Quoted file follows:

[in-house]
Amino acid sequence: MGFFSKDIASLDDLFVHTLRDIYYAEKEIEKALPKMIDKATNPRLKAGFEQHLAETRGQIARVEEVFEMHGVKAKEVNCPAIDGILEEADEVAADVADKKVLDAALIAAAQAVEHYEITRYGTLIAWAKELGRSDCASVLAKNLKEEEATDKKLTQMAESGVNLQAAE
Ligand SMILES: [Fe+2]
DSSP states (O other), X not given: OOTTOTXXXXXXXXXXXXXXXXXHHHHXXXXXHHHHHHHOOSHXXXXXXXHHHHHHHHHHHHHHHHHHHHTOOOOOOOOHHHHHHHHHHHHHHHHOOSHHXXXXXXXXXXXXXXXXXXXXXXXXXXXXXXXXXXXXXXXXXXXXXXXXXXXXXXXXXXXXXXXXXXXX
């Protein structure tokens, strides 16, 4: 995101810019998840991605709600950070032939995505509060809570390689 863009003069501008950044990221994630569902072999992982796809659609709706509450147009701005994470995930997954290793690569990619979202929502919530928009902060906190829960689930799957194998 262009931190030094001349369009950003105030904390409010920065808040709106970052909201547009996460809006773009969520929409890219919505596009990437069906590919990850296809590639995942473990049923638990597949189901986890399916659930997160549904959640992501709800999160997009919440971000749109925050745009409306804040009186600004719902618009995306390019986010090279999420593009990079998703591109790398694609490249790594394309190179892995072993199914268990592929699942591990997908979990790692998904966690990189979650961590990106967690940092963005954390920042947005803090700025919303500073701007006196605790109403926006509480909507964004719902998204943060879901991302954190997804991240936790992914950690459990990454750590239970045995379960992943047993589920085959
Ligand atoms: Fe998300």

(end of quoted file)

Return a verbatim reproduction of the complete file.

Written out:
[in-house]
Amino acid sequence: MGFFSKDIASLDDLFVHTLRDIYYAEKEIEKALPKMIDKATNPRLKAGFEQHLAETRGQIARVEEVFEMHGVKAKEVNCPAIDGILEEADEVAADVADKKVLDAALIAAAQAVEHYEITRYGTLIAWAKELGRSDCASVLAKNLKEEEATDKKLTQMAESGVNLQAAE
Ligand SMILES: [Fe+2]
DSSP states (O other), X not given: OOTTOTXXXXXXXXXXXXXXXXXHHHHXXXXXHHHHHHHOOSHXXXXXXXHHHHHHHHHHHHHHHHHHHHTOOOOOOOOHHHHHHHHHHHHHHHHOOSHHXXXXXXXXXXXXXXXXXXXXXXXXXXXXXXXXXXXXXXXXXXXXXXXXXXXXXXXXXXXXXXXXXXXX
């Protein structure tokens, strides 16, 4: 995101810019998840991605709600950070032939995505509060809570390689 863009003069501008950044990221994630569902072999992982796809659609709706509450147009701005994470995930997954290793690569990619979202929502919530928009902060906190829960689930799957194998 262009931190030094001349369009950003105030904390409010920065808040709106970052909201547009996460809006773009969520929409890219919505596009990437069906590919990850296809590639995942473990049923638990597949189901986890399916659930997160549904959640992501709800999160997009919440971000749109925050745009409306804040009186600004719902618009995306390019986010090279999420593009990079998703591109790398694609490249790594394309190179892995072993199914268990592929699942591990997908979990790692998904966690990189979650961590990106967690940092963005954390920042947005803090700025919303500073701007006196605790109403926006509480909507964004719902998204943060879901991302954190997804991240936790992914950690459990990454750590239970045995379960992943047993589920085959
Ligand atoms: Fe998300």